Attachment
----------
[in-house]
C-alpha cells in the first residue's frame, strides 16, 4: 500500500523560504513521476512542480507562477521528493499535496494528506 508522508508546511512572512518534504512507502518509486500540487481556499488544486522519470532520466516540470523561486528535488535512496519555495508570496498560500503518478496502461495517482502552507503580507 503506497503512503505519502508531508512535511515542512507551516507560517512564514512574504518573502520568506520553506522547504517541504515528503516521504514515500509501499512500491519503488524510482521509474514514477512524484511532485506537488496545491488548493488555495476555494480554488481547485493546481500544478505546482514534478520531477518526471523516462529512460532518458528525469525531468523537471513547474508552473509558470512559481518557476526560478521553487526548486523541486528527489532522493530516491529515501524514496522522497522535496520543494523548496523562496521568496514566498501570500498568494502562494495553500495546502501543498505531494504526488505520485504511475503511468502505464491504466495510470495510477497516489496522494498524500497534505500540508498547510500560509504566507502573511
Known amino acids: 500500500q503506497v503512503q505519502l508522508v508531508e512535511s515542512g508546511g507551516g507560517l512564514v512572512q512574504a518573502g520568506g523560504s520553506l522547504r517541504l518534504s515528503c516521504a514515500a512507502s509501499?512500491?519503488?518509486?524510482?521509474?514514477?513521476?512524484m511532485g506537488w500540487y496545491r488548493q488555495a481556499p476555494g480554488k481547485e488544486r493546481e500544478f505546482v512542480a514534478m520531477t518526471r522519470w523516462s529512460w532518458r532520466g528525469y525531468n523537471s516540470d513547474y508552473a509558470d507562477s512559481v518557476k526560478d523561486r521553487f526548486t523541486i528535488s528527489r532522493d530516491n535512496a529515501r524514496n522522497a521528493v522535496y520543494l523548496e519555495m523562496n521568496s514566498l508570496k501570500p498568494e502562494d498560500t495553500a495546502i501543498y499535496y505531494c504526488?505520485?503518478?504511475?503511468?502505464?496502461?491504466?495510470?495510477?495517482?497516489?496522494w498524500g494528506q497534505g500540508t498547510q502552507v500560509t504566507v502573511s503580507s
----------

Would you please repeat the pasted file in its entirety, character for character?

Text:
[in-house]
C-alpha cells in the first residue's frame, strides 16, 4: 500500500523560504513521476512542480507562477521528493499535496494528506 508522508508546511512572512518534504512507502518509486500540487481556499488544486522519470532520466516540470523561486528535488535512496519555495508570496498560500503518478496502461495517482502552507503580507 503506497503512503505519502508531508512535511515542512507551516507560517512564514512574504518573502520568506520553506522547504517541504515528503516521504514515500509501499512500491519503488524510482521509474514514477512524484511532485506537488496545491488548493488555495476555494480554488481547485493546481500544478505546482514534478520531477518526471523516462529512460532518458528525469525531468523537471513547474508552473509558470512559481518557476526560478521553487526548486523541486528527489532522493530516491529515501524514496522522497522535496520543494523548496523562496521568496514566498501570500498568494502562494495553500495546502501543498505531494504526488505520485504511475503511468502505464491504466495510470495510477497516489496522494498524500497534505500540508498547510500560509504566507502573511
Known amino acids: 500500500q503506497v503512503q505519502l508522508v508531508e512535511s515542512g508546511g507551516g507560517l512564514v512572512q512574504a518573502g520568506g523560504s520553506l522547504r517541504l518534504s515528503c516521504a514515500a512507502s509501499?512500491?519503488?518509486?524510482?521509474?514514477?513521476?512524484m511532485g506537488w500540487y496545491r488548493q488555495a481556499p476555494g480554488k481547485e488544486r493546481e500544478f505546482v512542480a514534478m520531477t518526471r522519470w523516462s529512460w532518458r532520466g528525469y525531468n523537471s516540470d513547474y508552473a509558470d507562477s512559481v518557476k526560478d523561486r521553487f526548486t523541486i528535488s528527489r532522493d530516491n535512496a529515501r524514496n522522497a521528493v522535496y520543494l523548496e519555495m523562496n521568496s514566498l508570496k501570500p498568494e502562494d498560500t495553500a495546502i501543498y499535496y505531494c504526488?505520485?503518478?504511475?503511468?502505464?496502461?491504466?495510470?495510477?495517482?497516489?496522494w498524500g494528506q497534505g500540508t498547510q502552507v500560509t504566507v502573511s503580507s